Within hours of the video of the shooting hitting the Internet, the city of Kenosha was on fire. Cars were torched. Businesses were destroyed. A 71-year-old man was hit in the head with a concrete-filled plastic bottle, which fractured his jaw in two places. On Tuesday, a 17-year-old boy brought a rifle to the city, ostensibly to defend property, and ended up shooting two people dead — possibly in self-defense, possibly not. On Wednesday, the celebrities got involved. The NBA postponed all of its games, after a critical mass of players announced that they would not play. In baseball, games between the Brewers and Reds, Mariners and Padres, and Dodgers and Giants were postponed for the same reason. These adjournments drew praise from President Barack Obama, who explained that “it’s going to take all our institutions to stand up for our values.”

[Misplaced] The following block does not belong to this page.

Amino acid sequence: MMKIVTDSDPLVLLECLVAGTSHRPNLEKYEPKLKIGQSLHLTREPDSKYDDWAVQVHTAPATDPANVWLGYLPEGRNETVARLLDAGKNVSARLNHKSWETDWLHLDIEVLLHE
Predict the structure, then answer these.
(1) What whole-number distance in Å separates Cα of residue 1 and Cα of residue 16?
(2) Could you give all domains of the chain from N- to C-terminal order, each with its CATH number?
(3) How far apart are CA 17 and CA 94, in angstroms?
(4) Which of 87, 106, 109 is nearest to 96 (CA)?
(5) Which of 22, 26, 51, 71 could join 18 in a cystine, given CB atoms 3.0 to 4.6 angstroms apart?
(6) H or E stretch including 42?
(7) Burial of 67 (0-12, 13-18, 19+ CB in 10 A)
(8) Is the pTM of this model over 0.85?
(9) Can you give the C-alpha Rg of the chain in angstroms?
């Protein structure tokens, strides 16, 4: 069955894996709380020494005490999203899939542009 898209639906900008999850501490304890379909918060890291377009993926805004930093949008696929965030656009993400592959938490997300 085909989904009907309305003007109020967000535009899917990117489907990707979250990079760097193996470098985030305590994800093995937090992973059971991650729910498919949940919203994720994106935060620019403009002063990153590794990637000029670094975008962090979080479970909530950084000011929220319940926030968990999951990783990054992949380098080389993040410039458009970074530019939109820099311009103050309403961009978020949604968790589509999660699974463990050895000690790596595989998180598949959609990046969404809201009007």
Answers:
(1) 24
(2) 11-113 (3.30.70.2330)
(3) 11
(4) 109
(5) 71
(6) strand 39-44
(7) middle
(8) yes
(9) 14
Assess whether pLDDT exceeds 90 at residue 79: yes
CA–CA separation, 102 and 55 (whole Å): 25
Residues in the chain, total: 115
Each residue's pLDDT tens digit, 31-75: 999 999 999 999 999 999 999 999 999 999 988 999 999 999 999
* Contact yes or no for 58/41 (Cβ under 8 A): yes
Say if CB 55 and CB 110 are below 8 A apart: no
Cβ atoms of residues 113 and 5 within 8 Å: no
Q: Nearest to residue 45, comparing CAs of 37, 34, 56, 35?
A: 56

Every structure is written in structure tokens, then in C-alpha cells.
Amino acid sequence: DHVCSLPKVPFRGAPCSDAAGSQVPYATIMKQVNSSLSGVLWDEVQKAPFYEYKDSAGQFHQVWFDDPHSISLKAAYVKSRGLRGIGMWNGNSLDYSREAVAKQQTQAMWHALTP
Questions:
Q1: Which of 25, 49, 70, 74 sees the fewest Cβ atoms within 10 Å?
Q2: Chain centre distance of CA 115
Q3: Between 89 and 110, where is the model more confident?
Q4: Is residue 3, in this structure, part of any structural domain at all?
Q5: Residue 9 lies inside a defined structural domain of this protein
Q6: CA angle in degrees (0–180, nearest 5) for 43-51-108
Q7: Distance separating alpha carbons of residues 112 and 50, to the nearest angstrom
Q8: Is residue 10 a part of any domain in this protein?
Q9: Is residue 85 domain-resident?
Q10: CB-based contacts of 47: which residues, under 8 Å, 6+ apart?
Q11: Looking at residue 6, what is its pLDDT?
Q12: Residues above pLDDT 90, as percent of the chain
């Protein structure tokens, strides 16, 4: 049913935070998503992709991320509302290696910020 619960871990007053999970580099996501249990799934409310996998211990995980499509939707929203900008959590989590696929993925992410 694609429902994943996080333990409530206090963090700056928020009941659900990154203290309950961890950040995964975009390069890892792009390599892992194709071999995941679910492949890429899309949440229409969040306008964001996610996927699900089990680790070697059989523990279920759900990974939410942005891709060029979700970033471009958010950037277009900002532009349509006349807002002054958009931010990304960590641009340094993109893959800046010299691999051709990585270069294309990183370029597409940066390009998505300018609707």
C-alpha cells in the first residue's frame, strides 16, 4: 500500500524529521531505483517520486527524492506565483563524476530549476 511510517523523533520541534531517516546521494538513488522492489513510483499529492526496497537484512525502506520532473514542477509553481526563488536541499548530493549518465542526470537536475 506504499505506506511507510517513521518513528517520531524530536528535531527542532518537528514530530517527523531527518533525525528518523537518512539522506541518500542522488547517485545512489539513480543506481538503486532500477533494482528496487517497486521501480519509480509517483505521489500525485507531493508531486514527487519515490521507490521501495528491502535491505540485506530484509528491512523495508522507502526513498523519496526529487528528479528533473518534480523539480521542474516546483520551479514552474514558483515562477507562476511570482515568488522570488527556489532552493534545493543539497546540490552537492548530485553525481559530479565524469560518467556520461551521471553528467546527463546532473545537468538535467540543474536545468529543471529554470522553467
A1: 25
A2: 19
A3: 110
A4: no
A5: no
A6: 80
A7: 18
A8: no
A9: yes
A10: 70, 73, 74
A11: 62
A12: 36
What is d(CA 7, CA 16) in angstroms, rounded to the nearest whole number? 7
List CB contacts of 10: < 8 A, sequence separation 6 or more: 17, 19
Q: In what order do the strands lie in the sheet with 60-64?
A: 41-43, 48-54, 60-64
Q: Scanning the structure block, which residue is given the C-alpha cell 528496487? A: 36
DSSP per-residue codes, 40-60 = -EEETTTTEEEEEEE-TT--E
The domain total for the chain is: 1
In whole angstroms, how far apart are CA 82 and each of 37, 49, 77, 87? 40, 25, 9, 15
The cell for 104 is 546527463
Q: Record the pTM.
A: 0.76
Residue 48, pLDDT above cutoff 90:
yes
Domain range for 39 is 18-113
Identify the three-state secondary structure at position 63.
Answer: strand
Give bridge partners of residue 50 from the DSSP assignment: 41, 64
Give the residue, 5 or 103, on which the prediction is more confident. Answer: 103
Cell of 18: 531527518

We might ask what that means. The move that inspired Obama was spearheaded by the Milwaukee Bucks, which put out a collective statement explaining their decision not to play. “We are calling for justice for Jacob Blake,” the team insisted, “and demand the officers be held accountable.” But therein lies the problem. Properly understood, “justice” is not an outcome but a process, and its achievement is wholly contingent upon the details of each case. We secure “justice” both when an innocent man walks free and when a guilty man is convicted. Determining which is which is the whole ball of wax. “Accountability” works much the same way. One can hold a person accountable only for wrongful actions they have actually taken.